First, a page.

[128]   Huw Irranca-Davies: Okay. It would be helpful, as this progresses over the summer, if perhaps we could continue that dialogue. And the one final thing I wanted to ask you is, with the concertina timescale that we now know is in front of us—and you’ve expressed on the floor of the Senedd a cautious welcome for this, and you’ve been similarly quite moderate in your views, and saying there’s potential within this Bill, but there are some concerns—within the timetable, are you confident that the Bill, and the outcomes of this Bill that you want, can be achieved? It seems to me that there’s a lot of responsibility on the House of Lords now as we go forward.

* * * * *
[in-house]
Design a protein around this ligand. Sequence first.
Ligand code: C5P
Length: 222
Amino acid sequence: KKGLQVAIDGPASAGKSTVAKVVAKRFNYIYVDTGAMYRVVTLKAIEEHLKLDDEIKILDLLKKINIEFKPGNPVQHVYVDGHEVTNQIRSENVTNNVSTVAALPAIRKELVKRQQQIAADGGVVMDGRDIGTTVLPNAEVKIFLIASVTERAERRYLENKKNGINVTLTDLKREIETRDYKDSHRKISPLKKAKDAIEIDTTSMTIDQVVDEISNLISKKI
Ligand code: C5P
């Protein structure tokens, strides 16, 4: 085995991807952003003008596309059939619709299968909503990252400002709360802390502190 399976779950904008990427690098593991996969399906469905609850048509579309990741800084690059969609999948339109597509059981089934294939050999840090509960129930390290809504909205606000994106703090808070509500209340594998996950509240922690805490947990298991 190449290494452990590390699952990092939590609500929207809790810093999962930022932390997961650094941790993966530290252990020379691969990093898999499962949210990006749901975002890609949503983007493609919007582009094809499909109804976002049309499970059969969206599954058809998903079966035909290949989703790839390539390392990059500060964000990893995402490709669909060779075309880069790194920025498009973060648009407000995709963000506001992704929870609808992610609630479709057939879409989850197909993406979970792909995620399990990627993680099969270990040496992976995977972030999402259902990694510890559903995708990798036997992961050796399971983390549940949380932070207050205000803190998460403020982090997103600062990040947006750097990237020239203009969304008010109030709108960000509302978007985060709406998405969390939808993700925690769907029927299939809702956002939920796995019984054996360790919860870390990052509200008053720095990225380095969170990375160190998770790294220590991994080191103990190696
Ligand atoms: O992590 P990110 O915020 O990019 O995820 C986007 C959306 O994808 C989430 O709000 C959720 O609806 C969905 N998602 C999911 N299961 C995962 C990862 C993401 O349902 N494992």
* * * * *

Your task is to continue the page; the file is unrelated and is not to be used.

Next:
[129]   The First Minister: Am I confident? No, I can’t be confident given the timescale that’s been produced. I’ve received assurances from the Secretary of State that there’ll be proper scrutiny of the Bill. I take those assurances at face value. I balance that against the need to make sure that the Bill proceeds. Nobody knows whether there’ll be a general election in October, and, if there is, then the Bill will go flying out the window anyway. But, from my perspective, it’s a question of getting the balance right between having a Bill that is workable but not ideal, or running the risk of the Bill being lost for other reasons. That doesn’t mean the Bill should be rushed and it doesn’t mean the Bill shouldn’t be scrutinised properly. The Secretary of State has given his assurances. What I would not want to see is a guillotine being applied as the Bill is being scrutinised. I think that would be hugely difficult, and the Lords might take a dim view—I don’t know whether there’s a view around the table—but the Lords might take a dim view of that as well.